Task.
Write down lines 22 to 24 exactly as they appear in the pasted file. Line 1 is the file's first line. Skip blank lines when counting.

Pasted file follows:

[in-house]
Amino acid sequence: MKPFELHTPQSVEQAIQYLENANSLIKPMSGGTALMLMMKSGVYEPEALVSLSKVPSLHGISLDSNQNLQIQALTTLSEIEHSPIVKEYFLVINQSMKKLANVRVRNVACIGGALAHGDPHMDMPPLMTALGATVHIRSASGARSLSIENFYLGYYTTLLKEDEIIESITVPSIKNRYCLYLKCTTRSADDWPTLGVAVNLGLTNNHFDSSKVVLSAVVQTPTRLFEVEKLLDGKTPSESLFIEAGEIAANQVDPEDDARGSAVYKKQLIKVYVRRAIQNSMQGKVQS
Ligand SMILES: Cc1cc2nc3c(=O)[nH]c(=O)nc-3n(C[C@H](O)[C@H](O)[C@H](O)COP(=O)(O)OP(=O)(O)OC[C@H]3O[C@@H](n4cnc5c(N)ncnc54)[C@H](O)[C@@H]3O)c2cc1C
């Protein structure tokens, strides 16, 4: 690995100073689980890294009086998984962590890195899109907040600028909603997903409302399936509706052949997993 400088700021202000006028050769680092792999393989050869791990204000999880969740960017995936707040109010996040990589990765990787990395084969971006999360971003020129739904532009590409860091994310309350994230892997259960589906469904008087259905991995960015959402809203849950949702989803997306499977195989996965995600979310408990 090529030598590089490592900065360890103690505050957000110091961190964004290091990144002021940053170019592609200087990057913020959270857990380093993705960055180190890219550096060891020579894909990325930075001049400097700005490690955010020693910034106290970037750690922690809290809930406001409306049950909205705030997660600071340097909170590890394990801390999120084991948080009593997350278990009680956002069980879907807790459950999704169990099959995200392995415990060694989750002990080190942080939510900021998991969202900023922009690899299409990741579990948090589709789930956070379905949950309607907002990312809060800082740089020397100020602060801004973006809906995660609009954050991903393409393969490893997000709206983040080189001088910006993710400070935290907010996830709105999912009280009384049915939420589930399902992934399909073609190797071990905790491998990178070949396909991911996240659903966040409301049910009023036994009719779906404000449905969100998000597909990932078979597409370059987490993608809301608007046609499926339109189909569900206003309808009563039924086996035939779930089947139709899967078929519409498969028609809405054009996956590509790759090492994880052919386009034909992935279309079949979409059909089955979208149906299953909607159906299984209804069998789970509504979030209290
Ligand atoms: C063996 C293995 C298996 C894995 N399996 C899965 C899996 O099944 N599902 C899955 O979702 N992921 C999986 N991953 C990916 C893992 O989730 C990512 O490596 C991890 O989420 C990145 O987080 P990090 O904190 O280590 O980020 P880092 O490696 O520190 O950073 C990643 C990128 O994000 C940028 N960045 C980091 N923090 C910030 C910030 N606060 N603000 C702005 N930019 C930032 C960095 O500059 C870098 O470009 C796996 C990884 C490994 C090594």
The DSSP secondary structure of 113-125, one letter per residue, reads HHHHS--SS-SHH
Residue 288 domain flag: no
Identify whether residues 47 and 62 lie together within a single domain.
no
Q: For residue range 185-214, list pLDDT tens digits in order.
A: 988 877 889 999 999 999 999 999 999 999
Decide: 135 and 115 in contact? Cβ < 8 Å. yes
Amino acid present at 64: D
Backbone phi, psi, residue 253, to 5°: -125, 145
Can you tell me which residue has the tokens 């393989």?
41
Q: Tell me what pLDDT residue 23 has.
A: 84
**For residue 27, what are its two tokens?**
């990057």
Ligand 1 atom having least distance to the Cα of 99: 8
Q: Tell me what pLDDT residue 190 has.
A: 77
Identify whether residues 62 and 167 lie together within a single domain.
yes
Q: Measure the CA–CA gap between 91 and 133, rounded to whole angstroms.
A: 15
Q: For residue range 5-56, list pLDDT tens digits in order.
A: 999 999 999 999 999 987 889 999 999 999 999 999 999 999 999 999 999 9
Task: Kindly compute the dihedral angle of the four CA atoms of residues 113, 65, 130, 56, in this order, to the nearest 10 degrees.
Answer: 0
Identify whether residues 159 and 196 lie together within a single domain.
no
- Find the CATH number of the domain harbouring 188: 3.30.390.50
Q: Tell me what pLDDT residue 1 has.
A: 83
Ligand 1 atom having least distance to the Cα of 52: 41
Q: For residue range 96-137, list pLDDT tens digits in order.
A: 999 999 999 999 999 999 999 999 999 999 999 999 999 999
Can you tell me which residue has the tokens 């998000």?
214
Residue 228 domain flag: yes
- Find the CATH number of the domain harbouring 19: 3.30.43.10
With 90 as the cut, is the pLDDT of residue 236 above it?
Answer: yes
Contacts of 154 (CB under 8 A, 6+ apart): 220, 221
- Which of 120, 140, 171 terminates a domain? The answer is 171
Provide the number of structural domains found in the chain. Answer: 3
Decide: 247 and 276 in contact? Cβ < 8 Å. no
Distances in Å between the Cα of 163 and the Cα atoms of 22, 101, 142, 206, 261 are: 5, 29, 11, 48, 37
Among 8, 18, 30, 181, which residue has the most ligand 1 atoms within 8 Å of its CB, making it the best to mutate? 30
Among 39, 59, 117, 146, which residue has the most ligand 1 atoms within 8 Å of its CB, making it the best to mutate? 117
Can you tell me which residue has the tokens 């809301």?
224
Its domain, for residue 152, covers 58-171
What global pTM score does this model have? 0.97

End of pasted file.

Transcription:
Q: Tell me what pLDDT residue 190 has.
A: 77
Identify whether residues 62 and 167 lie together within a single domain.